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Subject:  Re: Up, down, sideways Date:  12/29/2010  12:38 PM
Author:  TwoCybers Number:  68007 of 100398

intercst wrote If you look at the 128 rolling 30-year periods between 1871 and 2000 for an investment in the S&P500, more than 80% of those 30-year periods had an annualized, inflation-adjusted return of more than 5%.

I am not going to dispute the data - data for the early years must be very different. The idea one can expect to obtain 5% over inflation with the S&P is problematic based on S&P closings and inflation data.

From I found the S&P500 in January 1950 to be 17.05. Adjusted for splits the value in December 2010 in 1250. Call it 60 years.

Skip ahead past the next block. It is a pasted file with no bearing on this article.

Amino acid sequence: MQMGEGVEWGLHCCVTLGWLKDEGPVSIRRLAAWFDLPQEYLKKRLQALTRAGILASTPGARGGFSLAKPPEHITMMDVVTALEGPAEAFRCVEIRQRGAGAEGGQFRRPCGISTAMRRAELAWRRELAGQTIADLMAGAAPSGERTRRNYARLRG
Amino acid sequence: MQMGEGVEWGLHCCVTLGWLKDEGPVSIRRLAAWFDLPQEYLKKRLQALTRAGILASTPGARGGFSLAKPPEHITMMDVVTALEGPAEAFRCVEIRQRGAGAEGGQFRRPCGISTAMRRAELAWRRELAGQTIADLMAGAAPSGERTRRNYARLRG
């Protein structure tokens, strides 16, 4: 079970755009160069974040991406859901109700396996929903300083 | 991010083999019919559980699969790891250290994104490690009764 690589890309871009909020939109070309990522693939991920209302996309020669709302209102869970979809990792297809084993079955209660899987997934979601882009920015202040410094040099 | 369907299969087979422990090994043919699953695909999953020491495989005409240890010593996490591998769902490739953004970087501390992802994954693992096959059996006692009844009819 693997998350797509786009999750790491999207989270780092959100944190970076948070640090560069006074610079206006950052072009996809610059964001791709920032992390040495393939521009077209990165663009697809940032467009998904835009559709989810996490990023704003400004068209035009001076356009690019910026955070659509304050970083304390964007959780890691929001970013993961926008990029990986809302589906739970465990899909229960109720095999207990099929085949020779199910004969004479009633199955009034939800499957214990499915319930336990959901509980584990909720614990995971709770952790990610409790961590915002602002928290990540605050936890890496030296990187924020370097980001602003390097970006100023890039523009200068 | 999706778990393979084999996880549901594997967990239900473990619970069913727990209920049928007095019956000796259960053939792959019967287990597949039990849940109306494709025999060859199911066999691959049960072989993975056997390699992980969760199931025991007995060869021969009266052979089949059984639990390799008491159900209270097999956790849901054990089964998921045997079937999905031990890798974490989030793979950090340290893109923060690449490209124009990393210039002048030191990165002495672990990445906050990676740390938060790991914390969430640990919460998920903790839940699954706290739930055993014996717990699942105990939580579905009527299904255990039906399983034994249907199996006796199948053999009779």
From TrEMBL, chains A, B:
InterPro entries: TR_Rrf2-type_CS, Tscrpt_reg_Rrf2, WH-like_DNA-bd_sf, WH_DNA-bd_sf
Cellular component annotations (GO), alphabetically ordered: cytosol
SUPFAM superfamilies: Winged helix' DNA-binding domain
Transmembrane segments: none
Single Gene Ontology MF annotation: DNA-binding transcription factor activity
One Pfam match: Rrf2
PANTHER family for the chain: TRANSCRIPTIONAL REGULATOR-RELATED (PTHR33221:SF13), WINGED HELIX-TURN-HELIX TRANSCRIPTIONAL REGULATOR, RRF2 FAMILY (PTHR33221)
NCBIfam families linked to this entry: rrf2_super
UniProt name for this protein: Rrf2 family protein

1250/17.05 = 73.78 which for 60 periods is 7.42% compound growth.

I cannot prove this site is accurate (, but plugging in $20 for 1950 gets $181.58 today. Call it 60 years.

$181.58/$20.00 = 9.079 which for 60 periods is 3.74% annual growth.

So using the whole 1950 to 2010 period 7.42% - 3.74% = 3.50% or well below 5%.

I would not be surprised if several 30 year periods between 1950 and 2010 had 5% real returns, but it is impossible for 80% to have such returns without periods of dramatic disinflation - and that has not happened.

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